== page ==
Besson: “We zijn socialist, nationalist en radicaal!”, en even verder: “We hebben sterke ideeën voor de toekomst van de Oekraïne en Europa.” Wat deze ideeën zijn, licht hij niet toe. Na weken van strijd tussen separatisten en speciale bataljons van de regering in Kiev, schrijft Besson op zijn Facebook-pagina: ‘Ukraine : De la Revolution a la Guerre […] Du ” Maidan ” au Pravyi Sektor , au S.N.A. et pour finir le Bataillon Azov sur le Front de l Est […] Et demain ? La grande reconquete Europeenne […] Gloire a l ‘Ukraine !’ De grote herovering van Europa!

    Op 22 juli vermeldt de Facebook-pagina van Besson een oproep om geld te storten voor Azov met de toevoeging ‘for all other matters’ het mailadres van Besson. Dat Azov daadwerkelijk wordt ingezet en meevecht aan het front mag ook blijken uit een artikel van 7 juli van Agence France Presse. De separatistenleider Denis Pushikin geeft in het artikel aan dat zijn mannen tientallen leden van Azov hebben gedood bij gevechten in de regio Saur-Mogila.


    Aan beide zijden van de burgeroorlog vechten huurlingen mee. Zo wordt een proxy-oorlog gevoerd. Rusland is officieel geen partij, maar knijpt een oogje toe bij materieel dat over de grens rolt. Strijders uit het land melden zich vrijwillig aan en gaan vechten voor de pro-Russische separatisten. Rusland stelt zich ambivalent op, maar dat doet ook het Westen.

    Aan de andere kant van het slagveld vechten ook huurlingen, maar deze huurlingen zijn anders dan aan pro-Russische zijde niet alleen gemotiveerd door een territoriale oorlog. Het zijn fascisten die deel uitmaken van een huurlingenleger dat ook extreem-rechtse connecties heeft in de politiek. De val van de regering van Oekraïne zal niet veel veranderen aan deze strijdgroepen.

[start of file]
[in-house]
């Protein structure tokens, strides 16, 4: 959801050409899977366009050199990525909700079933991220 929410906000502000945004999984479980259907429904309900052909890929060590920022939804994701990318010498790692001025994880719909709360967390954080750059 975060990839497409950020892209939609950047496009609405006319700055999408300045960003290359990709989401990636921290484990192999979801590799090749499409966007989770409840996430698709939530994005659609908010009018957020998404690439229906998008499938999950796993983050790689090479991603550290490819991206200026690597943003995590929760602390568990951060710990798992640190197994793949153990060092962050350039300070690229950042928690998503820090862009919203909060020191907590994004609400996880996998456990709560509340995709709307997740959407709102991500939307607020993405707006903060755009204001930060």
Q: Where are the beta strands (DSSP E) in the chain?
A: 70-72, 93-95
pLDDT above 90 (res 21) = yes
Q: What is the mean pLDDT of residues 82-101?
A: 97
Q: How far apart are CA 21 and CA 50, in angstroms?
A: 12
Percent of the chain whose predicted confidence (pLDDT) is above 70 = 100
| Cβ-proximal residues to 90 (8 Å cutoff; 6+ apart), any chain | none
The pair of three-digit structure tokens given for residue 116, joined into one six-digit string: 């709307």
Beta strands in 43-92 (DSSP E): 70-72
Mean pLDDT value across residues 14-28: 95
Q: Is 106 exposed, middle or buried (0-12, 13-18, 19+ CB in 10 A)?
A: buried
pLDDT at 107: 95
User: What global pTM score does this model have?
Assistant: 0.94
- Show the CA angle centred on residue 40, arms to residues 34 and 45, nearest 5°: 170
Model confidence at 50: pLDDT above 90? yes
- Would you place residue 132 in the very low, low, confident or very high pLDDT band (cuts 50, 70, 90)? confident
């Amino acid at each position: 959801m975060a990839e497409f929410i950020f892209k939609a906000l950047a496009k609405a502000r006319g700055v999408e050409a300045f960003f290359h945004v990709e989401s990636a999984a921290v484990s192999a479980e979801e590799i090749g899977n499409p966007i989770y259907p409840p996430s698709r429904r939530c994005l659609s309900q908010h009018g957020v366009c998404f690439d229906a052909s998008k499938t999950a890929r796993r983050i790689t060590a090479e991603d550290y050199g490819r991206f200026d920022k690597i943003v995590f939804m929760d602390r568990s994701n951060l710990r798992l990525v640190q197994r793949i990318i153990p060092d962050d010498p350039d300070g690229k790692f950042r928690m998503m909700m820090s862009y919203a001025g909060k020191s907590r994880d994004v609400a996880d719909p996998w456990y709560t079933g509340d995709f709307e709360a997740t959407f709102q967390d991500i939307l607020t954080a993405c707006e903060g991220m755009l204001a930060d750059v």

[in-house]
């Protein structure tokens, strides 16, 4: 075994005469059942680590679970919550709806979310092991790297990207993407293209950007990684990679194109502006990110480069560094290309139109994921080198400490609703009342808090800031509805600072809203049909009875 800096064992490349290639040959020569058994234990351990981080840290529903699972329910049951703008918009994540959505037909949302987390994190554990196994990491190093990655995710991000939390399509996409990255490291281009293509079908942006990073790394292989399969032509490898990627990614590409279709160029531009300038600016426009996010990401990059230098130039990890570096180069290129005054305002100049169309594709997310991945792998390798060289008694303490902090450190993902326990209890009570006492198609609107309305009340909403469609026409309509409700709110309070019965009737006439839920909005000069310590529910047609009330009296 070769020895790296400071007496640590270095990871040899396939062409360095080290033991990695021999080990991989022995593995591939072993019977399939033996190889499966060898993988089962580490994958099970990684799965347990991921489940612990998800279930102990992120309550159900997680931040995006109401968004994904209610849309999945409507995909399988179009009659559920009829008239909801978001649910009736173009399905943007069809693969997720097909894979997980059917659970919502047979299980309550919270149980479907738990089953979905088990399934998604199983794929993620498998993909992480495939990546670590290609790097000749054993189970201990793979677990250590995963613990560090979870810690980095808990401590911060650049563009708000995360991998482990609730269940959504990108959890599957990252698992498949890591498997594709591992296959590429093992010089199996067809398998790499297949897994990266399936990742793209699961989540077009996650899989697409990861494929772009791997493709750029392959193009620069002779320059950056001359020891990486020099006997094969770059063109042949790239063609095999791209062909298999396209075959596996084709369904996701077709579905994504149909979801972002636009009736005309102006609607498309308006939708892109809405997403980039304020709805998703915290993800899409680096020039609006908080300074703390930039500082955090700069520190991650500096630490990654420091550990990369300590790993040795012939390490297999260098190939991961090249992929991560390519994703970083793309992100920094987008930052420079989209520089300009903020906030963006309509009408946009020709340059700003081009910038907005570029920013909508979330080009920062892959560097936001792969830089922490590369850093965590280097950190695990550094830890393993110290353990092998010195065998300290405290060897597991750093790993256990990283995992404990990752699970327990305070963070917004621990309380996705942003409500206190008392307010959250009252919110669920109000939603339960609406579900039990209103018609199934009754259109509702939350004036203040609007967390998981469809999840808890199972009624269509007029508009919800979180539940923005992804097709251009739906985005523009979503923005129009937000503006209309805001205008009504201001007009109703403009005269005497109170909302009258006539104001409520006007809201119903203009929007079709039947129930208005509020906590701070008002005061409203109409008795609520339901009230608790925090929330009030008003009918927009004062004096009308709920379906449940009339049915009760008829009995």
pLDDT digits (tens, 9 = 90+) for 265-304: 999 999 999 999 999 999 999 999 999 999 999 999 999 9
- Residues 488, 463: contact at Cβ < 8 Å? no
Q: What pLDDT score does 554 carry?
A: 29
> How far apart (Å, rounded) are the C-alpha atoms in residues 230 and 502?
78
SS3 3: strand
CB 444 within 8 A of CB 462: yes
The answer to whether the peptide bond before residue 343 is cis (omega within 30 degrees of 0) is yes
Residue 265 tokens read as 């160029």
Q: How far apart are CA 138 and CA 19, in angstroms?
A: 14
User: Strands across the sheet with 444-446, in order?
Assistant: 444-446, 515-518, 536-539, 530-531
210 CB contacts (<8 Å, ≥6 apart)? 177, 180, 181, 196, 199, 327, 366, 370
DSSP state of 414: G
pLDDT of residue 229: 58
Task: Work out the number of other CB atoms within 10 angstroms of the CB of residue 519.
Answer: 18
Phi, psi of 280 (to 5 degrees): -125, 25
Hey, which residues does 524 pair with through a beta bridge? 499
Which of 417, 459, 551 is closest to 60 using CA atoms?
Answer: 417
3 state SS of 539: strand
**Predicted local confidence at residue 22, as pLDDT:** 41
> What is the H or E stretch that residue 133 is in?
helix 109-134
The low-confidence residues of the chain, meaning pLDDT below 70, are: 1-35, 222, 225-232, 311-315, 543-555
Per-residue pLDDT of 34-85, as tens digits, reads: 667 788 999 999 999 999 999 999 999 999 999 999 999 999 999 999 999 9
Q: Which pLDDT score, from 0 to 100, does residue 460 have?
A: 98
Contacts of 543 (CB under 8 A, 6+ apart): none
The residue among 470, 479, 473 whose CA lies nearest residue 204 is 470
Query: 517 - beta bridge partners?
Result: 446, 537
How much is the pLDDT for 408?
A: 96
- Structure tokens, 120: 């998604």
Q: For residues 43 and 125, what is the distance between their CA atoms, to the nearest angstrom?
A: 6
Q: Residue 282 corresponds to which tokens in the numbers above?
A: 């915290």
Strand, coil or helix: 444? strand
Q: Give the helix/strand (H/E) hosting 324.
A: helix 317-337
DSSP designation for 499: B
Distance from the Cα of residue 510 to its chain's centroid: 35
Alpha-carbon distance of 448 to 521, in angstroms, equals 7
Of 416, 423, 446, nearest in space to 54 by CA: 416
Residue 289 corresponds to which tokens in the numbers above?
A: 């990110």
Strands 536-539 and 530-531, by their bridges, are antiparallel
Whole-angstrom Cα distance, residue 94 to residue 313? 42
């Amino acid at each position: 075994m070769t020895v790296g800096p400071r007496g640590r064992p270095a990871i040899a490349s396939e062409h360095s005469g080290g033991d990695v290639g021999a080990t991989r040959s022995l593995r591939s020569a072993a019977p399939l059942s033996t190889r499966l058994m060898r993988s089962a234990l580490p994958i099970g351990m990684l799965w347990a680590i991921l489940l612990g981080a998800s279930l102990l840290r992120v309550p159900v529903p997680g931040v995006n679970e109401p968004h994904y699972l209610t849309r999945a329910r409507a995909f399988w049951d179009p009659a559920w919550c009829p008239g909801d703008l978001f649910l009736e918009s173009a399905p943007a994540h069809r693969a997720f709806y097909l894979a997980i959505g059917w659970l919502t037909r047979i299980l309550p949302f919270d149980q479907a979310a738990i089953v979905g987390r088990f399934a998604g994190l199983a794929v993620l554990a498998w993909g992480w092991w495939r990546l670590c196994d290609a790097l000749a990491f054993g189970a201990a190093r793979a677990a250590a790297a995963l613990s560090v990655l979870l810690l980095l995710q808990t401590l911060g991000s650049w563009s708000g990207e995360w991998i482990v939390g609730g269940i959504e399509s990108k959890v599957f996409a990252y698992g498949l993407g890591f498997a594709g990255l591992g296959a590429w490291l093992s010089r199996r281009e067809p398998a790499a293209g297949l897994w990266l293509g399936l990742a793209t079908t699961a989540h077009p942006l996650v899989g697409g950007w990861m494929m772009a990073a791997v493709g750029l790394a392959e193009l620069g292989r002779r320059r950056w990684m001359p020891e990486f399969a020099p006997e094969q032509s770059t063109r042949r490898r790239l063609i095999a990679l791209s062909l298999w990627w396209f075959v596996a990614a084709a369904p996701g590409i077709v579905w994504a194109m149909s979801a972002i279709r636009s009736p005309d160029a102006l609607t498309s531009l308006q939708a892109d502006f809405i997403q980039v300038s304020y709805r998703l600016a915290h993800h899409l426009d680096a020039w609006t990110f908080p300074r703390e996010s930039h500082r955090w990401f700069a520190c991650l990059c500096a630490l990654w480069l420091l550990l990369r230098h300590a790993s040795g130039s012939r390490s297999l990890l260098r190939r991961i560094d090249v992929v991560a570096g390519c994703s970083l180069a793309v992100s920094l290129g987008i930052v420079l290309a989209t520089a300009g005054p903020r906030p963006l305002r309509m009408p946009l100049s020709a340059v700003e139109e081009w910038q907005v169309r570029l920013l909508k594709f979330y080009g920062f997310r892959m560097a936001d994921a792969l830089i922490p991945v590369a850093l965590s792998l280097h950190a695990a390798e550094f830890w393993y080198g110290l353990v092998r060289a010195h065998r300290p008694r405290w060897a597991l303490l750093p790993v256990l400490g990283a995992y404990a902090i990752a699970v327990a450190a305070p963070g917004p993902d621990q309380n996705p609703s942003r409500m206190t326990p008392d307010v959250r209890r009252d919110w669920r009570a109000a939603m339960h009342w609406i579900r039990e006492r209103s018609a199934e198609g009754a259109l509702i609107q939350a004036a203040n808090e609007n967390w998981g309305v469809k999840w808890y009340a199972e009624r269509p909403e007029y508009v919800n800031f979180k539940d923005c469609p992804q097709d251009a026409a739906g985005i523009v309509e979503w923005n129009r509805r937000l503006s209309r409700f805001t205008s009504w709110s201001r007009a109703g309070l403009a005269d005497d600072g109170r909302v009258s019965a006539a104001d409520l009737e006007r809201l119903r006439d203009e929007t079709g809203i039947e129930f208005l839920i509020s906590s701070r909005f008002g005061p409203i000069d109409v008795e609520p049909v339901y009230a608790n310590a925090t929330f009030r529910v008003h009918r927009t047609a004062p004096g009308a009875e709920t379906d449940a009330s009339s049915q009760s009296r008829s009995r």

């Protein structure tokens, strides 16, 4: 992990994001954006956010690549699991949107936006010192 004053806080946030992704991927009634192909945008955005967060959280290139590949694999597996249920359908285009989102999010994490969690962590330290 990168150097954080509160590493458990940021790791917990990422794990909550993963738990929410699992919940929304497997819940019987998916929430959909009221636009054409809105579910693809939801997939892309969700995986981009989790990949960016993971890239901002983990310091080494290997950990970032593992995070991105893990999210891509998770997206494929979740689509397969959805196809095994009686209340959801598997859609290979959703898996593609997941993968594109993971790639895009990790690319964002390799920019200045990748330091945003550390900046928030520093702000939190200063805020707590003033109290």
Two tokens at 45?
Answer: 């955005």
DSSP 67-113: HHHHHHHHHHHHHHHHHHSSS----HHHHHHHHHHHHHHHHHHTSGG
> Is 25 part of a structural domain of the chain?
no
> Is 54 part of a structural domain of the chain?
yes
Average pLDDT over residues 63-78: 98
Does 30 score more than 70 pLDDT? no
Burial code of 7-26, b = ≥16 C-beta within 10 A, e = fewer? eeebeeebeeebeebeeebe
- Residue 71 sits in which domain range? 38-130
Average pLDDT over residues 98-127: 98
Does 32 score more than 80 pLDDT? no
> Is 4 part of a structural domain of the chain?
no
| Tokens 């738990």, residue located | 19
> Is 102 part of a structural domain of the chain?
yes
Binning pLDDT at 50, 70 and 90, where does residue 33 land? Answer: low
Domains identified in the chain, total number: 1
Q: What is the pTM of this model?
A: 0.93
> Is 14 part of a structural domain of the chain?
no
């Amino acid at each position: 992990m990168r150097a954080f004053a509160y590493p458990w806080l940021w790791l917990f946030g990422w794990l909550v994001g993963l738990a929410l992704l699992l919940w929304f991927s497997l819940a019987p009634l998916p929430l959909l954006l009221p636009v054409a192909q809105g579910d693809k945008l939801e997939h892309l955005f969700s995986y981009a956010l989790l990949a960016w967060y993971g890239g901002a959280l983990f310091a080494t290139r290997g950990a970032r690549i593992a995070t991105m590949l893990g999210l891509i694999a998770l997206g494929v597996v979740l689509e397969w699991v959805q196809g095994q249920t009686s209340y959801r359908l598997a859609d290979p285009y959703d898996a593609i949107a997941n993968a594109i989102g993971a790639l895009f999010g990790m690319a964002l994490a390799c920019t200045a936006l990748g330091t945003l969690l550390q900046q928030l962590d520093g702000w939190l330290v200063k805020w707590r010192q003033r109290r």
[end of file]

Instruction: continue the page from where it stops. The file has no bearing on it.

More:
Deze extreem-rechtse groepen zijn gemachtigd door de regering in Kiev om een eigen legertje te organiseren en die zorgen niet alleen in het oosten van het land voor spanningen. Veel joodse inwoners van het land zijn deze extreem-rechtse paramilitaire groepen een angstige voorbode in een land waar joden-vervolgingen vóór en tijdens de Tweede Wereldoorlog berucht en zeer omvangrijk waren. De aanvragen voor emigratie naar Israël stromen dan ook binnen.

    Of deze groepen actief door het Westen worden gesteund is even onduidelijk als de steun van de Russen voor de separatisten, maar Amerika en de EU leggen deze groepen geen strobreed in de weg. Oekraïne is er alles aan gelegen aansluiting te zoeken bij het rijke Westen. De EU en de Verenigde Staten is er echter ook alles aan gelegen om Oekraïne in hun invloedssferen te krijgen. Hierbij zullen zowel geopolitieke als economische motieven een rol spelen. Welke rol het Westen precies heeft gespeeld bij het afzetten van president Janoekovitsj en de steun aan de ultra-nationalisten zal waarschijnlijk nooit duidelijk worden, evenmin wat er op het Maidanplein is gebeurd.

    De ultranationalisten zijn nodig om het vuile werk op te knappen in een proxy-oorlog tussen twee grootmachten. Zij spelen een rol tijdens en vlak na een revolutie die met behulp van onduidelijke paramilitairen en private contractors voor de uitbreiding van de NAVO en om de bodemschatten uit de oostelijke Oekraïne toegankelijk maakt voor het Westen.